Extraordinary measures during extraordinary times

The world has turned upside down with the COVID-19 pandemic. It has significantly disrupted global economic activities, forced societies to change its methods of interaction, and prompted a reconfiguration of our everyday living as individuals. Increasing global deaths have compelled people to adapt and find ways to function, thrive and live under these abnormal and difficult conditions.

International organizations, governments and communities have been forced to implement harsh lockdowns to stymie the transmission of the virus. Families are left with no choice but to spend milestone events such as birthdays, anniversaries, and occasions physically away from each other for everyone's protection. For survival, businesses either had to downsize or close altogether to save what is left from their depleted capital.

Wearing of masks in public spaces have become mandatory and a norm in many societies, unlike before when it was only worn when one has respiratory issues or when one is inside the hospital. Physical distancing has prompted a change in the public transportation model, whereas various modes are only allowed to operate at limited capacity unlike before when the congestion of people in PUVs was acceptable and permissible.

Mental health issues have escalated due to the prolonged lockdowns. Worse, the Philippine Statistics Authority reported that the number of suicide incidents in the country significantly increased by 25.7% in 2020 from the previous year and deaths rose to about 3,529 from the previous 5-year average of 2,630. Many people are silently suffering from severe anxiety due to the rampant spread of the virus, as well as depression due to isolation and social segregation.

Deaths due to COVID-19 are sharply increasing in the thousands to tens of thousands daily and the cases are getting closer to our homes and workplaces. Stories of friends, relatives or loved ones being intubated or hospitalized have sadly become normal in our social media spaces rather than mere infrequent occasions. Seeing friends change profile pictures to black gives many a sense of fear, anxiety, and trauma that the virus is just right around the corner.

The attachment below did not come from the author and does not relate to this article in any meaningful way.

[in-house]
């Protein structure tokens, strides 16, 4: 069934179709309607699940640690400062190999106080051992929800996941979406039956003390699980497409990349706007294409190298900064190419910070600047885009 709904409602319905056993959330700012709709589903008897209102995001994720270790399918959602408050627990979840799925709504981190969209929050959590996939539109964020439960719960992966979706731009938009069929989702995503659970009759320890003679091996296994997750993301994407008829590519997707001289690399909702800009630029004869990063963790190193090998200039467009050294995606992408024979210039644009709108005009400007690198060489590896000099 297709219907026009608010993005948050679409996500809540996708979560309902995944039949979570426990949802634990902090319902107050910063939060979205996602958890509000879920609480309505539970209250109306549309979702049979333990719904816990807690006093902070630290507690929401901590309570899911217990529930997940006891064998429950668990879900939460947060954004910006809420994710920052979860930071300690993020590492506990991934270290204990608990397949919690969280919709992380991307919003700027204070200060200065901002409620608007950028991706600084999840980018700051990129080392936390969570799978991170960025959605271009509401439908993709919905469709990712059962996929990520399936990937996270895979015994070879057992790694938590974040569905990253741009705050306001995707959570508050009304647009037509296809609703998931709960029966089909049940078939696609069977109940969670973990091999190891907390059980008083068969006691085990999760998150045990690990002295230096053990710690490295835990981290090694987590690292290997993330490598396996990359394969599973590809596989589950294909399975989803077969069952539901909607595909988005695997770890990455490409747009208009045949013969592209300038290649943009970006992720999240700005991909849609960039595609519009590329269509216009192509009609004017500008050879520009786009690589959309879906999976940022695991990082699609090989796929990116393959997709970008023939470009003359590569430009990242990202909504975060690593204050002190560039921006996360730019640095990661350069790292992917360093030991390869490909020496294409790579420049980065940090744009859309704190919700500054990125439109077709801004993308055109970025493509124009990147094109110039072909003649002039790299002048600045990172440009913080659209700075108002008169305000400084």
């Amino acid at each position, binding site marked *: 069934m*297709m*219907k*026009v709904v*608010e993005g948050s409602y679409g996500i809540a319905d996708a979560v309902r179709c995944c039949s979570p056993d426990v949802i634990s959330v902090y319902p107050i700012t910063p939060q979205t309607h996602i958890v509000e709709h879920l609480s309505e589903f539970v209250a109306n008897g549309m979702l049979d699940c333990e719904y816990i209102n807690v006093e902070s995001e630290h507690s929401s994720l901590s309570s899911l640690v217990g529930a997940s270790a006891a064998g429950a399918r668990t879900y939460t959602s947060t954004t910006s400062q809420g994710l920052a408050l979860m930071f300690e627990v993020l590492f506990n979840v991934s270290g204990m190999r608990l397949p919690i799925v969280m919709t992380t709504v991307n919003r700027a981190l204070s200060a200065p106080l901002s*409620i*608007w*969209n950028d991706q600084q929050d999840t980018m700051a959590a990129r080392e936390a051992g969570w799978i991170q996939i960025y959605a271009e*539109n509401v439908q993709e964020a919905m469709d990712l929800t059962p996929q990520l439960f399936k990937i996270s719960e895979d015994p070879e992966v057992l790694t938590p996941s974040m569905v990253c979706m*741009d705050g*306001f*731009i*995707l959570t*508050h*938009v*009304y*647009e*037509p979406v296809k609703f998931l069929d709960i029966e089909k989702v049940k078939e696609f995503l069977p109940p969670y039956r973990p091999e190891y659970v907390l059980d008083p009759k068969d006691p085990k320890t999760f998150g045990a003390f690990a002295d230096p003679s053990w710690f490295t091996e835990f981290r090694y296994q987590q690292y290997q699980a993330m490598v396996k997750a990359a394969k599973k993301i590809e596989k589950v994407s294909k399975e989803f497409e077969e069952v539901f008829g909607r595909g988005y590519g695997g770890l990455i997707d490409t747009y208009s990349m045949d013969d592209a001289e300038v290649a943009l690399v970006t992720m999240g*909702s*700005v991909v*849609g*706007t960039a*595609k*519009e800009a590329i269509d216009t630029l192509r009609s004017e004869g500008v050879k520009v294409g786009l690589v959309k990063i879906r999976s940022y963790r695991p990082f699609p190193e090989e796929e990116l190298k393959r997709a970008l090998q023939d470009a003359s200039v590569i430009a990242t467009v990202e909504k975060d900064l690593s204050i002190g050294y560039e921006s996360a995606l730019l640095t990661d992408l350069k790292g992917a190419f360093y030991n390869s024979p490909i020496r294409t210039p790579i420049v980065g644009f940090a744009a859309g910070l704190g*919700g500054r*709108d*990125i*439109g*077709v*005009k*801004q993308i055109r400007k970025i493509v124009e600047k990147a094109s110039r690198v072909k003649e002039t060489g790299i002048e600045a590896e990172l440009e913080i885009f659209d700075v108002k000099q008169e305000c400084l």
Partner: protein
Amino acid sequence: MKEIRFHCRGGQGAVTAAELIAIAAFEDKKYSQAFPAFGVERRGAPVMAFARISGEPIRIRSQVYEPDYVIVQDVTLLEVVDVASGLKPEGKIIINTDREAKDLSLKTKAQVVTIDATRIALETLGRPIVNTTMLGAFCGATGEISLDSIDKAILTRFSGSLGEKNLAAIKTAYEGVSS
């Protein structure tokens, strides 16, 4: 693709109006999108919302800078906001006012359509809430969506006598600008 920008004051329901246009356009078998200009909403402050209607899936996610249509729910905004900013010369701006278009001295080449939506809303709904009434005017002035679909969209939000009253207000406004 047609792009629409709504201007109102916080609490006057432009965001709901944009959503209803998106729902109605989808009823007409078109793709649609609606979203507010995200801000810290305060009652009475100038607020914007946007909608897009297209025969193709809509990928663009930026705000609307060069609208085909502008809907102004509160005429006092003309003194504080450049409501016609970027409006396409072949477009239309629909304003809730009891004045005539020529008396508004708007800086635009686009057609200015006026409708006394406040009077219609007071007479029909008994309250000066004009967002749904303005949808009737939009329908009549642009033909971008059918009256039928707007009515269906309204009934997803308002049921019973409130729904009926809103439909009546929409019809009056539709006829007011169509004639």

Amid these struggles, the world needs a participatory approach for us to get over this pandemic. While vaccination is an individual choice, the safety and welfare of our families and loved ones should take precedence over our fears and skepticism.  While physical distancing and health protocols may be harsh, these are implemented to curb the spread of the virus. Observance of these protocols should not be merely for compliance but a way of expressing our love to others.

Times are indeed extraordinary, and so are the measures we must take to ensure that the world successfully recovers economically, mentally, spiritually, and socially from the effects of the virus. Following health protocols and being vaccinated sounds so simple and elementary but these demand commitment and consistency.

Let us be extra cautious and sensitive to the difficulties and sufferings of people during this pandemic.

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About the Author
Mr. Aaron Benedict De Leon is currently a Business Development Practitioner in a private consulting firm. He has more than six years of professional experience in leading and managing political and non-government organizations, specializing in organizational management, policy development and program management. He has had stints with notable political/socio-civic organizations, serving in various capacities as: Secretary-General of the Centrist Democratic Party of the Philippines (CDP) [2013-2015], Founding Chairperson of the Centrist Democratic Youth Association of the Philippines (CDYAP) [2012-2014], Philippine Representative to the International Young Democrat Union (IYDU) [2011-2012], Chairperson of the Christian Democratic Youth [2011-2012], Secretary-General of YOUTH Philippines [2010-2011], and Spokesperson/Communications Director of the GT2010 Gilbert Teodoro Presidential Campaign [2009-2010].
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